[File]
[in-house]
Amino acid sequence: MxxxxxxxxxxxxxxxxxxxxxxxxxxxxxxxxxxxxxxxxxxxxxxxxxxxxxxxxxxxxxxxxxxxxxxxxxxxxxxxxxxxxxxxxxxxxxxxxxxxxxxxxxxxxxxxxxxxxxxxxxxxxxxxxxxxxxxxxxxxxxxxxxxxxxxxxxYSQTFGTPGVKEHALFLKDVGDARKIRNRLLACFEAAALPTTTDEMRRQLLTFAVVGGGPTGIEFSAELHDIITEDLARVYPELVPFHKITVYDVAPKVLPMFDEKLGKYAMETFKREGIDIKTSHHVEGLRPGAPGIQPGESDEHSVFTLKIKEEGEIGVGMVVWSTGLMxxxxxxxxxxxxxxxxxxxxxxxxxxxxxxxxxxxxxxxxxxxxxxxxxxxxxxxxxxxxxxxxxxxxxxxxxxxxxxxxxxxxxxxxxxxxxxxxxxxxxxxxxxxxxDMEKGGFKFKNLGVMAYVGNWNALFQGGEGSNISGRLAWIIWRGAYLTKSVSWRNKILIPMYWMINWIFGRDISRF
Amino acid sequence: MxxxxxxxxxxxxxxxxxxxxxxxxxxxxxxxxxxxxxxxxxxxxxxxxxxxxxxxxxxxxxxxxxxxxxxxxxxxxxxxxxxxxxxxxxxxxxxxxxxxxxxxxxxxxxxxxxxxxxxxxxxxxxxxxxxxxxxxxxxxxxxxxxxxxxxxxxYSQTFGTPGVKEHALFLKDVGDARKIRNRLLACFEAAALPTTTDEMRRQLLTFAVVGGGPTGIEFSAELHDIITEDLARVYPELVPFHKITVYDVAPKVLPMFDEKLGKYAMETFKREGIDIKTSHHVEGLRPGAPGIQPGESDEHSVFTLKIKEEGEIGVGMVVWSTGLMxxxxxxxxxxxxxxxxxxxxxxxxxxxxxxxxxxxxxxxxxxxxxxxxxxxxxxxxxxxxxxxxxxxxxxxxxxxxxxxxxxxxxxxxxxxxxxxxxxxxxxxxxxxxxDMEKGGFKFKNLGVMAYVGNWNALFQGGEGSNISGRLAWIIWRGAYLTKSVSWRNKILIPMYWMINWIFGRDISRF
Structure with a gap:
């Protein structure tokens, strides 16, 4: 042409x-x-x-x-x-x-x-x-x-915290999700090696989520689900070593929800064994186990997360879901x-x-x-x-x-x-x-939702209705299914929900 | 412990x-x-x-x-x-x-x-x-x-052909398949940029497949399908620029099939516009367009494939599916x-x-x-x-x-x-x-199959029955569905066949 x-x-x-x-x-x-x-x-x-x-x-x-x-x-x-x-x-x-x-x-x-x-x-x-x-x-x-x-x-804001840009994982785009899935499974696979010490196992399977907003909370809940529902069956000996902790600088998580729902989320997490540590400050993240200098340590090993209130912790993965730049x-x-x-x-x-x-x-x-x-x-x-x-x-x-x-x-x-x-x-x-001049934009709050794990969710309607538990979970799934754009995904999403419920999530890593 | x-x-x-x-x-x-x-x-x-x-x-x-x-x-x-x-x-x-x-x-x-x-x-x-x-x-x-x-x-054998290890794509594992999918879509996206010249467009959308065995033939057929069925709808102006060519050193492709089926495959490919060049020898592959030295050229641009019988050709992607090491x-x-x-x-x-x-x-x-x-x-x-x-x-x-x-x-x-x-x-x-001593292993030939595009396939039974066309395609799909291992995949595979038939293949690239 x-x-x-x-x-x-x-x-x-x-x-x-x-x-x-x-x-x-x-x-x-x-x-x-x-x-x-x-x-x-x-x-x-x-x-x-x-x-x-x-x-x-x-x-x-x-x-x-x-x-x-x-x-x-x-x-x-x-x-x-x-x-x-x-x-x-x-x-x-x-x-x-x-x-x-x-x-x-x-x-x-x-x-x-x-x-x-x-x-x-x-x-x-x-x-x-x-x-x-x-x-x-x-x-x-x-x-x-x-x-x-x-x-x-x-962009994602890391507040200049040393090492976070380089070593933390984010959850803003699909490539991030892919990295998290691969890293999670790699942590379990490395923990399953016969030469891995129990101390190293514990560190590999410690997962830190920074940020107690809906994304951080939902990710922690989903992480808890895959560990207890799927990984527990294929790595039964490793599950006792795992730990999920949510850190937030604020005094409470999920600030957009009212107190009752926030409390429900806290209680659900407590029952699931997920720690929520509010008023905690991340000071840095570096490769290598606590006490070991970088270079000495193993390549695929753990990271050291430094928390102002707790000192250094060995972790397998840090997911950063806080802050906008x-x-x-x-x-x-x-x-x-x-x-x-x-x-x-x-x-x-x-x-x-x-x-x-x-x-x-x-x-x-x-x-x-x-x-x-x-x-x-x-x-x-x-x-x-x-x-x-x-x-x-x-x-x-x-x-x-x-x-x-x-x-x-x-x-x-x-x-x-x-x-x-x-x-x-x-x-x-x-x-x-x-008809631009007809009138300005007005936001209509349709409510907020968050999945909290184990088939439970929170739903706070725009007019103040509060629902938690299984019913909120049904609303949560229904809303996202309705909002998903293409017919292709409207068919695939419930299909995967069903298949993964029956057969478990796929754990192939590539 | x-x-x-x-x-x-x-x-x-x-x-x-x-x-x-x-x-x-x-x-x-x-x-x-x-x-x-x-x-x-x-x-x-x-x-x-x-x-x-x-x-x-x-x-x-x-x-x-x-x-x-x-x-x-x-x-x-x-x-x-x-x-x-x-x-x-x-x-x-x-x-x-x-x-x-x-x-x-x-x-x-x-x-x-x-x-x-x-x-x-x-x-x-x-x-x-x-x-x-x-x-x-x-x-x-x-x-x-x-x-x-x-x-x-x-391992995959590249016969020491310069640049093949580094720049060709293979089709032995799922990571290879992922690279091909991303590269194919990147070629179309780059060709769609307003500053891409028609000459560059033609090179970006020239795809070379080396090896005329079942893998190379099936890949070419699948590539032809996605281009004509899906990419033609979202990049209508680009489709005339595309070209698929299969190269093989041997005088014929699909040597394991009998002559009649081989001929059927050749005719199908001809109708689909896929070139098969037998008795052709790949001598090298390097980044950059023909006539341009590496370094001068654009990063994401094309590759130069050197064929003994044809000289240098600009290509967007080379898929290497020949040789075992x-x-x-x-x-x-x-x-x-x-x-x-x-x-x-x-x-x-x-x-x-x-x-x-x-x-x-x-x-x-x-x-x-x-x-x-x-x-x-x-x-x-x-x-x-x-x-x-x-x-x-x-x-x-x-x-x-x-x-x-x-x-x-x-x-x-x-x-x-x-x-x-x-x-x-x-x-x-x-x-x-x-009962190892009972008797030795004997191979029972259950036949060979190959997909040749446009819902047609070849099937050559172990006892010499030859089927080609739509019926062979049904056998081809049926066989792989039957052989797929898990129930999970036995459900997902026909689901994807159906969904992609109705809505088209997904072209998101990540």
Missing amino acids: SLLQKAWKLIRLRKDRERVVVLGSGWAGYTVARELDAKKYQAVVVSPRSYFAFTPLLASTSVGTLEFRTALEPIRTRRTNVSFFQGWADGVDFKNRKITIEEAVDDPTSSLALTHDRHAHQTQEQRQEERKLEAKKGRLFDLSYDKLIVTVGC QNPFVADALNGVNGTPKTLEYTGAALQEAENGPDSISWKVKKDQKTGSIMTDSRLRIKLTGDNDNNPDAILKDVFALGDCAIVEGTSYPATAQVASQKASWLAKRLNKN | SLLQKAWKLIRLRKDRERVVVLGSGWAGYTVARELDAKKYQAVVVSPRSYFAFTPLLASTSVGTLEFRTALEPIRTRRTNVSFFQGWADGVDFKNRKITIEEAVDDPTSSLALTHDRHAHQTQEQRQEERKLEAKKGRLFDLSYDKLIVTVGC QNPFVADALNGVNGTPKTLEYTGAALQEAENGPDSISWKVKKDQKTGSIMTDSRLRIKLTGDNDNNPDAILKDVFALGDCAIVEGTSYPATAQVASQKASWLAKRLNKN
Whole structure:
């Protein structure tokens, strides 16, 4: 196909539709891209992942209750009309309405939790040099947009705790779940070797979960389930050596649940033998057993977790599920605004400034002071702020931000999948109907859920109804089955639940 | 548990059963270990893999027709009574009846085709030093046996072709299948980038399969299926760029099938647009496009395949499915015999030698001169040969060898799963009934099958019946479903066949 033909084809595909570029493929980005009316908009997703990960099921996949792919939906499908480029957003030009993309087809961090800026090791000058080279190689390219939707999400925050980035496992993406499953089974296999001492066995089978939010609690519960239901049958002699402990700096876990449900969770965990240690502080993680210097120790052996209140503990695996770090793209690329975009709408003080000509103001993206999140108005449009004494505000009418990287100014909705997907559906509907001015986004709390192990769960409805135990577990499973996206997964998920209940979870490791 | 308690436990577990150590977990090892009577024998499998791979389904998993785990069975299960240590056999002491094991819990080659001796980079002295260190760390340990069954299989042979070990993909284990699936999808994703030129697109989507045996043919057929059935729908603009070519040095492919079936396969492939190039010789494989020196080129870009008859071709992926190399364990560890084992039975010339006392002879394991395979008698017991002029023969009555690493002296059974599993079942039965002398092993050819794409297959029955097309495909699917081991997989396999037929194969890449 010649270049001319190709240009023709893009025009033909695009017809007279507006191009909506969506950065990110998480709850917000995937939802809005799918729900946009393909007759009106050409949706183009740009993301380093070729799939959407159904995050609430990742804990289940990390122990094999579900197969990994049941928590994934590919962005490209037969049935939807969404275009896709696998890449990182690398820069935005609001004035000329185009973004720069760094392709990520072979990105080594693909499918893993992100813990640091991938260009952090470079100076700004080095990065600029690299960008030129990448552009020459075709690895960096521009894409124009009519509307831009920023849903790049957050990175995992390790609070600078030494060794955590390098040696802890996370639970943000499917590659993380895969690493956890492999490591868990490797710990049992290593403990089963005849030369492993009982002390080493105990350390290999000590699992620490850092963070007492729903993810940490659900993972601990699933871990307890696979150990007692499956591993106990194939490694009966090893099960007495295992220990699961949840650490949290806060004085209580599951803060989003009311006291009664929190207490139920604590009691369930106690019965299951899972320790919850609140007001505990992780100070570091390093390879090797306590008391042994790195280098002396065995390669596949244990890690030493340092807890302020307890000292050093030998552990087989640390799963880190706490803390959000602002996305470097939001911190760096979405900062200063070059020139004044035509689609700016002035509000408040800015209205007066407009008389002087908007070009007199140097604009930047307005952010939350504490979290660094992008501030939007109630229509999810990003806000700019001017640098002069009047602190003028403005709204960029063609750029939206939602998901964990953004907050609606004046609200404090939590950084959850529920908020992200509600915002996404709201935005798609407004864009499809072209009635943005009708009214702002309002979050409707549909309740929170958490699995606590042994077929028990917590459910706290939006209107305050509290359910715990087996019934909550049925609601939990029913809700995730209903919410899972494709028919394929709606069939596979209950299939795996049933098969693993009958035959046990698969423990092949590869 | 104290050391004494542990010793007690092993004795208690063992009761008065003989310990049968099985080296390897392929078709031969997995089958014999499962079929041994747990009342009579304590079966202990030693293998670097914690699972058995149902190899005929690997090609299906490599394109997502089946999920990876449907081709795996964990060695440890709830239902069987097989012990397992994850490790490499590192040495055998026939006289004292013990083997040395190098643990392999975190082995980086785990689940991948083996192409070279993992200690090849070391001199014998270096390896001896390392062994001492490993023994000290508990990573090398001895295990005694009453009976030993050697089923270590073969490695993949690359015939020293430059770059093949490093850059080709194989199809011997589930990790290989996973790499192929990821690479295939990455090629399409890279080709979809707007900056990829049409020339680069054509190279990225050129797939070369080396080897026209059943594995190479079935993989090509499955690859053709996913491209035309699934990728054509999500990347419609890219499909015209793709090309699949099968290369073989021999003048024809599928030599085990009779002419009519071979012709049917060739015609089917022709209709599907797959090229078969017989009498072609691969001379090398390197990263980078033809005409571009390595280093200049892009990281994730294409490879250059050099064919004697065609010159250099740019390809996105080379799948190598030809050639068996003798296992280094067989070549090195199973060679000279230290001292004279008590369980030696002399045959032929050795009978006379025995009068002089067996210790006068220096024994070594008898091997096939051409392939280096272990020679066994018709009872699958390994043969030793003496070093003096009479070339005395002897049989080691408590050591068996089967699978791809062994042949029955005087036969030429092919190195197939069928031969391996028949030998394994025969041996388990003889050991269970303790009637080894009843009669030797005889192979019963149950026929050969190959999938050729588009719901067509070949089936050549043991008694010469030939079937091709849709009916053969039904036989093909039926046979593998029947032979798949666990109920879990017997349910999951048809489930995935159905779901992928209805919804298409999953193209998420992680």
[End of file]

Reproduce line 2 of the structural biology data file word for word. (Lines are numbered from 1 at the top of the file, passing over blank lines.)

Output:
Amino acid sequence: MxxxxxxxxxxxxxxxxxxxxxxxxxxxxxxxxxxxxxxxxxxxxxxxxxxxxxxxxxxxxxxxxxxxxxxxxxxxxxxxxxxxxxxxxxxxxxxxxxxxxxxxxxxxxxxxxxxxxxxxxxxxxxxxxxxxxxxxxxxxxxxxxxxxxxxxxxYSQTFGTPGVKEHALFLKDVGDARKIRNRLLACFEAAALPTTTDEMRRQLLTFAVVGGGPTGIEFSAELHDIITEDLARVYPELVPFHKITVYDVAPKVLPMFDEKLGKYAMETFKREGIDIKTSHHVEGLRPGAPGIQPGESDEHSVFTLKIKEEGEIGVGMVVWSTGLMxxxxxxxxxxxxxxxxxxxxxxxxxxxxxxxxxxxxxxxxxxxxxxxxxxxxxxxxxxxxxxxxxxxxxxxxxxxxxxxxxxxxxxxxxxxxxxxxxxxxxxxxxxxxxDMEKGGFKFKNLGVMAYVGNWNALFQGGEGSNISGRLAWIIWRGAYLTKSVSWRNKILIPMYWMINWIFGRDISRF